AMHERST, Mass. (WGGB) –Customers walking into Amherst’s Atkin’s Farms on Sunday had an idea of how much they were able to spend on meat. Come Friday, they may have to budget a little bit more.
A slew of sequester funding cuts would affect several government-funded programs and agencies, including the Federal Food Safety and Inspection Service.
Workers there are facing a 15-day furlough. With inspectors temporarily out of work, that would lead to less meat inspections, which is just the beginning. “It’ll definitely have an effect on the meat department because if there’s less meat available, food processing plants close down, there will be less meat available to our vendors to sell to us. So well be limited in variety, and also the price will go up for us,” said Kelly Lannon, Atkins Co-owner.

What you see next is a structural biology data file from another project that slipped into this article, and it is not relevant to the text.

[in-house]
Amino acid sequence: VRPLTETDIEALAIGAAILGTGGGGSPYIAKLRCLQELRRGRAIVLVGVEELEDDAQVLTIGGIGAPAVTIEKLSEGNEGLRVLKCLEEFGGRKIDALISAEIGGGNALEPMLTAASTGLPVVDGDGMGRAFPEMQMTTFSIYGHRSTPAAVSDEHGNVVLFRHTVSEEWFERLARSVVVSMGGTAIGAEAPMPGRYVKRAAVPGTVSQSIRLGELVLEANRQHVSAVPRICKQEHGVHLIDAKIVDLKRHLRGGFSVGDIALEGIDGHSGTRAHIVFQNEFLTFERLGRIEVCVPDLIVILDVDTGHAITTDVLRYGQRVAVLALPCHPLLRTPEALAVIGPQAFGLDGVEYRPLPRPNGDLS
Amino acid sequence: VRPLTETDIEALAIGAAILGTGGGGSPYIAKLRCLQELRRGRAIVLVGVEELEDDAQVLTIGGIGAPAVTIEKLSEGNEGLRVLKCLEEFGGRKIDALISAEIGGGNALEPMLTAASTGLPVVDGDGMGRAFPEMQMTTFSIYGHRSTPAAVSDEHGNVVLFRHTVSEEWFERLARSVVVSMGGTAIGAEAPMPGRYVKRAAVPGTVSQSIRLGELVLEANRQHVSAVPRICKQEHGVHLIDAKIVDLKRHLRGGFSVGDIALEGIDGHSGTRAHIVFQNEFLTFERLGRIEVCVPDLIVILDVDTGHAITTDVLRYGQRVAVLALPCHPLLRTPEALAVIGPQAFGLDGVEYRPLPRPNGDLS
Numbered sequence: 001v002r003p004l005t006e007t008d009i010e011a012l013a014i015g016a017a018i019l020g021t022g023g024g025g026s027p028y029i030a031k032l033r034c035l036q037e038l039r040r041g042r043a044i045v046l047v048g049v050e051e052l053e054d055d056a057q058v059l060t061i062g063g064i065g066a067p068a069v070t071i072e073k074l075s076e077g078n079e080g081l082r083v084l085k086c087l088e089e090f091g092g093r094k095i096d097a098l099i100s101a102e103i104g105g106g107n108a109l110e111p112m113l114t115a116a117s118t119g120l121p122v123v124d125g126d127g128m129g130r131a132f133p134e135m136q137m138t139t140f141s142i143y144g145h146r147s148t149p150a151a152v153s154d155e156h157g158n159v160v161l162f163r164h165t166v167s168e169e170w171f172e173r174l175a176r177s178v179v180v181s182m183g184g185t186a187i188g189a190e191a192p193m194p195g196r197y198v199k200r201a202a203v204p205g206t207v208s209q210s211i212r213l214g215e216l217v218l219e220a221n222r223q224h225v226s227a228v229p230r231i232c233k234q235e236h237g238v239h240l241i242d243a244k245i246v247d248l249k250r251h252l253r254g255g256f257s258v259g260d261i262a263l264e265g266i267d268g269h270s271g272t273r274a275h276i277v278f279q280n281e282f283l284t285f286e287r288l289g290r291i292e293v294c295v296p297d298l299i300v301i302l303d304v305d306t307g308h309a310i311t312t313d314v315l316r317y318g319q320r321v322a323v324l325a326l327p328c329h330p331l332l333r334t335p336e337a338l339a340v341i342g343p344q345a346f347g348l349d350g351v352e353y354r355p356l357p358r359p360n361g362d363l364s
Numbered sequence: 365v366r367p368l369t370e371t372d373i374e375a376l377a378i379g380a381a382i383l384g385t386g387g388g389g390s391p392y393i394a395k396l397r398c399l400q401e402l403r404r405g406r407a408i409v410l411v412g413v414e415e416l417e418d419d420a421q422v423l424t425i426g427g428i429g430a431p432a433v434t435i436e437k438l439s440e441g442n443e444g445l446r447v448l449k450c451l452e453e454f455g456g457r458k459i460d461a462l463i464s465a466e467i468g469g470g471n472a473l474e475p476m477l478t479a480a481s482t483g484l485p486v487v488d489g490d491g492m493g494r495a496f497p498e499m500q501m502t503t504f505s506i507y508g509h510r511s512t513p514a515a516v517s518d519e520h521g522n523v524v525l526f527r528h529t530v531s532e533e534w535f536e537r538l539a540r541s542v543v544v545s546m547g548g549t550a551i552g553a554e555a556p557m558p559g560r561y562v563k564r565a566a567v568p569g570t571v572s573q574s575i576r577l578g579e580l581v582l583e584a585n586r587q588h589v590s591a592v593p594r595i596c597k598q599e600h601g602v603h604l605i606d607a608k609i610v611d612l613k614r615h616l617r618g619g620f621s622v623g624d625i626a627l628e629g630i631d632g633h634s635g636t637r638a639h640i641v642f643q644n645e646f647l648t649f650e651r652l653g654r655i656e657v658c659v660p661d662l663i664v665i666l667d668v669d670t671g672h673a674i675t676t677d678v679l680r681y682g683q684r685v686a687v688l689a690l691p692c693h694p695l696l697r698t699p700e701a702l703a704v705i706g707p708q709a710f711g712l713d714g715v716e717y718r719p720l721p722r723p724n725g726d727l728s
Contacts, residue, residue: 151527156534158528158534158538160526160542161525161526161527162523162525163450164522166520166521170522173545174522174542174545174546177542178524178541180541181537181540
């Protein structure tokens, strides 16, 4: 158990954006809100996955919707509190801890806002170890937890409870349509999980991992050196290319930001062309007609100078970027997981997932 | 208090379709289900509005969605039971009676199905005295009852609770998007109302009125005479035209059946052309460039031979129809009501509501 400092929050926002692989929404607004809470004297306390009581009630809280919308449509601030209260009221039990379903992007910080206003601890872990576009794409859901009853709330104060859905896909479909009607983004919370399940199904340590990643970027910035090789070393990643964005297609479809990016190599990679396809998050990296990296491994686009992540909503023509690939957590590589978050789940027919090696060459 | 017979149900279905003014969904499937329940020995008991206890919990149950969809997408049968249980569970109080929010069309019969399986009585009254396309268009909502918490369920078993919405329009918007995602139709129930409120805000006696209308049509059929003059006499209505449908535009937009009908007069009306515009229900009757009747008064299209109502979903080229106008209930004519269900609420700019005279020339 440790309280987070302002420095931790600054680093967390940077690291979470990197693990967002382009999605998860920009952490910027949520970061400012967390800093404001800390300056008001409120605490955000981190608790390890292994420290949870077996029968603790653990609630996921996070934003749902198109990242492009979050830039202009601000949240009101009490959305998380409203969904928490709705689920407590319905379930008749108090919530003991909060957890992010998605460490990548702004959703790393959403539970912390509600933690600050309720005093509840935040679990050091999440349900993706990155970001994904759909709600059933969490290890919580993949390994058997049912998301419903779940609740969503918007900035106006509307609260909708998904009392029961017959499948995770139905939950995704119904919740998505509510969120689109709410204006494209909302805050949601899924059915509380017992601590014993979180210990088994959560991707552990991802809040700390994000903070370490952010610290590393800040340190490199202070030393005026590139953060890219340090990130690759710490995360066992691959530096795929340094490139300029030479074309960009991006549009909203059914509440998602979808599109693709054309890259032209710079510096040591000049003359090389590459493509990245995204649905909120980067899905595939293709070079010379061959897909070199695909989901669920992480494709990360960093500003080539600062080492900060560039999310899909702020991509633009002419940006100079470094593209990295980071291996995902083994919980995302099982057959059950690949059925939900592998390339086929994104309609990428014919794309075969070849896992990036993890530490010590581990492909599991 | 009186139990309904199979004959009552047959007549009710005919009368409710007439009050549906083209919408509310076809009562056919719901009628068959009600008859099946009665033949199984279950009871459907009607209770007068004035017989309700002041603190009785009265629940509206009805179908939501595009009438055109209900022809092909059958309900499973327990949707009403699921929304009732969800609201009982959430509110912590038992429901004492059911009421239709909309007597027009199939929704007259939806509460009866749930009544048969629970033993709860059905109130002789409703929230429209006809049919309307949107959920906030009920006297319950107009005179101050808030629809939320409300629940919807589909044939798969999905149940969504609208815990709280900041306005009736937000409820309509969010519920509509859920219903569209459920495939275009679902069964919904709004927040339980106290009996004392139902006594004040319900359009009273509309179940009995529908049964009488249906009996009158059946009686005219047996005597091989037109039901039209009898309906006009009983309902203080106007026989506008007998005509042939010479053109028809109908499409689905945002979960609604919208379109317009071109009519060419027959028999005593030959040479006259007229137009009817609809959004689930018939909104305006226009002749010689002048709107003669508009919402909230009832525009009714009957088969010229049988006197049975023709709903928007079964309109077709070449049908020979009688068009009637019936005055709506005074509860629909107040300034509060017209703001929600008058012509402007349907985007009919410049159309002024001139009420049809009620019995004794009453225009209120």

That’s not an expense they’re willing to pass on to the customers. “We don’t want customers to have to go elsewhere. They come here because they enjoy the quality of the meat and the product they’re getting. If it’s not a terrible, terrible loss we’re going to have to eat, why bother changing anything for the customer?” stated Meat Buyer John Snodgrass.
So they cut back in other areas, like their utilities so they wouldn’t have to. With St. Patrick’s Day coming up, the popularity of cured meats and corned beef will also help.
When prices of things like gas are already skyrocketing, paying more for meat is not something customers can afford. “It’s not easy, I’m retired now. If inflation really catches up, I think we’ll really have a problem,” Paul Quinlan shared. “It doesn’t mean I’ll be happy about paying more, but if it comes, I’ll just have to deal with it,” Nicholas Brown added.
If Congress doesn’t act by March 1st, and the cuts do happen, the White House says we would see 2100 fewer meat inspections at domestic and foreign facilities, and the public could suffer more food borne illnesses like E.Coli and Salmonella.